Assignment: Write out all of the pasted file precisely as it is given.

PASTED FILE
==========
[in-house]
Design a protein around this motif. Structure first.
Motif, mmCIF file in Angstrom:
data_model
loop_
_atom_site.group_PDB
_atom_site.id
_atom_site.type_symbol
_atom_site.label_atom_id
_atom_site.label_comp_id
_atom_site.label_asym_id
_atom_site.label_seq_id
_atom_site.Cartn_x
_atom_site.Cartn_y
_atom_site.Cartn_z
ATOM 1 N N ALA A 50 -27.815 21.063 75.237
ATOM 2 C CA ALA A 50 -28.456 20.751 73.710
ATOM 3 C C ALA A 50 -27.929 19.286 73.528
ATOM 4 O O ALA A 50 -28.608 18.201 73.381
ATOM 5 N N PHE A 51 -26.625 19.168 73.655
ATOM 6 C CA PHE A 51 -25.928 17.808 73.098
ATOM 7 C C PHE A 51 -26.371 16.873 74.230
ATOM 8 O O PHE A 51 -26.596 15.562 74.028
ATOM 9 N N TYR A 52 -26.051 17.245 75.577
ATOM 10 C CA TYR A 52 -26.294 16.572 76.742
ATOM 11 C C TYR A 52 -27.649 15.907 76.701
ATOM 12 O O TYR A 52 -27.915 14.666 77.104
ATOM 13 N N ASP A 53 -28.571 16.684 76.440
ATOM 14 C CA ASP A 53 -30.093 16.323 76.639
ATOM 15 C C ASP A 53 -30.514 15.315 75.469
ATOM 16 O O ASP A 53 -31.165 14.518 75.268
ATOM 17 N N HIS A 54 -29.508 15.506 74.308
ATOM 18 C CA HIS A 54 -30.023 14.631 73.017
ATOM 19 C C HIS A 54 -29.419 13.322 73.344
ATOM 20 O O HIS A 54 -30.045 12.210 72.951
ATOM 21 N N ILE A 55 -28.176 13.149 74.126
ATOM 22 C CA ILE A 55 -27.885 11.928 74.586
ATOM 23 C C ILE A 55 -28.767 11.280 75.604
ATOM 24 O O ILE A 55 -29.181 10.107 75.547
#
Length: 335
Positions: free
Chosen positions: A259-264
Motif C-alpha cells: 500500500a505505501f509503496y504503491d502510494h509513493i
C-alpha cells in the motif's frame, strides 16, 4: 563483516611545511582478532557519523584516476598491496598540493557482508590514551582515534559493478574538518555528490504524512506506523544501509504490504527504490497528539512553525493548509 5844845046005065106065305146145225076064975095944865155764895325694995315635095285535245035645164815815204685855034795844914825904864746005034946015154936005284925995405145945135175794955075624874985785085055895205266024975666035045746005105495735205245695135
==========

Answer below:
[in-house]
Design a protein around this motif. Structure first.
Motif, mmCIF file in Angstrom:
data_model
loop_
_atom_site.group_PDB
_atom_site.id
_atom_site.type_symbol
_atom_site.label_atom_id
_atom_site.label_comp_id
_atom_site.label_asym_id
_atom_site.label_seq_id
_atom_site.Cartn_x
_atom_site.Cartn_y
_atom_site.Cartn_z
ATOM 1 N N ALA A 50 -27.815 21.063 75.237
ATOM 2 C CA ALA A 50 -28.456 20.751 73.710
ATOM 3 C C ALA A 50 -27.929 19.286 73.528
ATOM 4 O O ALA A 50 -28.608 18.201 73.381
ATOM 5 N N PHE A 51 -26.625 19.168 73.655
ATOM 6 C CA PHE A 51 -25.928 17.808 73.098
ATOM 7 C C PHE A 51 -26.371 16.873 74.230
ATOM 8 O O PHE A 51 -26.596 15.562 74.028
ATOM 9 N N TYR A 52 -26.051 17.245 75.577
ATOM 10 C CA TYR A 52 -26.294 16.572 76.742
ATOM 11 C C TYR A 52 -27.649 15.907 76.701
ATOM 12 O O TYR A 52 -27.915 14.666 77.104
ATOM 13 N N ASP A 53 -28.571 16.684 76.440
ATOM 14 C CA ASP A 53 -30.093 16.323 76.639
ATOM 15 C C ASP A 53 -30.514 15.315 75.469
ATOM 16 O O ASP A 53 -31.165 14.518 75.268
ATOM 17 N N HIS A 54 -29.508 15.506 74.308
ATOM 18 C CA HIS A 54 -30.023 14.631 73.017
ATOM 19 C C HIS A 54 -29.419 13.322 73.344
ATOM 20 O O HIS A 54 -30.045 12.210 72.951
ATOM 21 N N ILE A 55 -28.176 13.149 74.126
ATOM 22 C CA ILE A 55 -27.885 11.928 74.586
ATOM 23 C C ILE A 55 -28.767 11.280 75.604
ATOM 24 O O ILE A 55 -29.181 10.107 75.547
#
Length: 335
Positions: free
Chosen positions: A259-264
Motif C-alpha cells: 500500500a505505501f509503496y504503491d502510494h509513493i
C-alpha cells in the motif's frame, strides 16, 4: 563483516611545511582478532557519523584516476598491496598540493557482508590514551582515534559493478574538518555528490504524512506506523544501509504490504527504490497528539512553525493548509 5844845046005065106065305146145225076064975095944865155764895325694995315635095285535245035645164815815204685855034795844914825904864746005034946015154936005284925995405145945135175794955075624874985785085055895205266024975666035045746005105495735205245695135